The preparation of U/sup 235/ and an improved method for isolating Pa/ sup 233/ from foreign products present in neutronirradiated thorium is described. The method comprises forming a solution of neutron-irradiated thorium together with a manganous salt, then adding potassium permanganate to precipitate the manganese as manganese dioxide whereby protoactinium is carried down with the nnanganese dioxide dissolving the precipitate, adding a soluble zirconium salt, and adding phosphate ion to precipitate zirconium phosphate whereby protoactinium is then carried down with the zirconium phosphate to effect a further concentration.

  17. KINETIC AND DYNAMIC ASPECTS OF ARSENIC TOXICITY

    EPA Science Inventory

    This project integrates research on aspects of the kinetic and dynamic behavior of arsenic. A PBPK model for arsenic will be developed using metabolism and disposition data from studies in mice. Retention of arsenic in the tissues following exposure to arsenic will be investigate...

  18. OPTIMIZING ARSENIC REMOVAL DURING IRON REMOVAL PROCESSES

    EPA Science Inventory

    The recently promulgated Arsenic rule will require that many new drinking water systems treat their water to remove arsenic. Many groundwaters that have arsenic in their source water also have iron in their water. As a result, arsenic treatment at these sites will most likely b...

  19. Arsenic Is A Genotoxic Carcinogen

    EPA Science Inventory

    Arsenic is a recognized human carcinogen; however, there is controversy over whether or not it should be considered a genotoxic carcinogen. Many possible modes of action have been proposed on how arsenic induces cancer, including inhibiting DNA repair, altering methylation patter...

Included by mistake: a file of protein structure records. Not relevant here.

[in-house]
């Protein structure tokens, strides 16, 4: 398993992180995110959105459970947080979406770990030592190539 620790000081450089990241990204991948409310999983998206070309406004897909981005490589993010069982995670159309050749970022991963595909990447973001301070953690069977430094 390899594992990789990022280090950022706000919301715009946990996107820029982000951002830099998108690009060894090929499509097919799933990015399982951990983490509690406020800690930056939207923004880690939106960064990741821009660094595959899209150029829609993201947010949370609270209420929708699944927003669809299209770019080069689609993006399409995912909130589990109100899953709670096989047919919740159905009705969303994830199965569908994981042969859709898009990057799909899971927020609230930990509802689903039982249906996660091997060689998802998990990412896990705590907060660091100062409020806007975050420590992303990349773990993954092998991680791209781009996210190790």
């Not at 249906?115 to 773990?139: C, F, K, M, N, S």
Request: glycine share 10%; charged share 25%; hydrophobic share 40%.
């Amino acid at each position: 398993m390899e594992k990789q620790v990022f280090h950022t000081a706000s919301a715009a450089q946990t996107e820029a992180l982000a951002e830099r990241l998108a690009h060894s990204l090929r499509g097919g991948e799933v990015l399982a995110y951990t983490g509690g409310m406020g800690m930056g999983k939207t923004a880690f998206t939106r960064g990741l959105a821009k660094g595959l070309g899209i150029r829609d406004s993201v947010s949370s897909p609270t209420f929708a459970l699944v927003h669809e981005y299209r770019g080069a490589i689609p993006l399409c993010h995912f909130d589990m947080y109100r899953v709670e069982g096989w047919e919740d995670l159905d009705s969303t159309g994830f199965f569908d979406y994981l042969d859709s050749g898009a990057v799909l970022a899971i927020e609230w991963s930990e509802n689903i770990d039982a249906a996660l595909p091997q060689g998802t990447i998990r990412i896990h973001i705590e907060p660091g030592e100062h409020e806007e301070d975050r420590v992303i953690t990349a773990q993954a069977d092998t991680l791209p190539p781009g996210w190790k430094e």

20. ARSENIC - SUSCEPTIBILITY & IN UTERO EFFECTS

    EPA Science Inventory

    Exposure to inorganic arsenic remains a serious public health problem at many locations worldwide. If has often been noted that prevalences of signs and symptoms of chronic arsenic poisoning differ among various populations. For example, skin lesions or peripheral vascular dis...

  1. MECHANISMS OF ARSENICAL INDUCED MALFORMATIONS

    EPA Science Inventory

    Our research uses the whole embryo culture system to expose mouse embryos to arsenic at the neurulation stage of development (This stage of development is most susceptible to arsenical-induced defects). This includes studies to assess the distribution of cells in the cell cycle a...

  2. Arsenic Removal from Drinking Water

    EPA Science Inventory

    Web cast presentation covered six topics: 1), Arsenic Chemistry, 2), Technology Selection/Arsenic Demonstration Program, 3), Case Study 1, 4), Case Study 2,5), Case Study 3, and 6), Media Regeneration Project. The presentation consists of material presented at other training sess...

  3. ARSENIC TECHNICAL WORKSHOP PROCEEDINGS DOCUMENT

    EPA Science Inventory

    Arsenic is a semi-metallic element or metalloid which has several different allotropic forms. Arsenic compounds, mainly as As2O3, can be recovered as a by-product from processing complex ores mined for other minerals such as copper, lead, zinc, gold and silver. Consequently, ...

  4. Influence of essential elements on manganese intoxication

    SciTech Connect

    Khandelwal, S.; Ashquin, M.; Tandon, S.K.

    1984-01-01

    With a view to explore the influence of essential metals in manganese intoxication, the effect of calcium, iron or zinc supplementation on the uptake of manganese and on the activity of manganese sensitive enzymes, succinic dehydrogenase and cytochrome oxidase in brain and liver of rat was investigated. The choice of the two mitochondrial enzymes was based on the fact that the mitochondria are the chief site of manganese accumulation and their activity in brain, liver and blood of rats is significantly influenced by manganese.

  5. Compositions and methods for removing arsenic in water

    DOEpatents

    Gadgil, Ashok Jagannth

    2011-02-22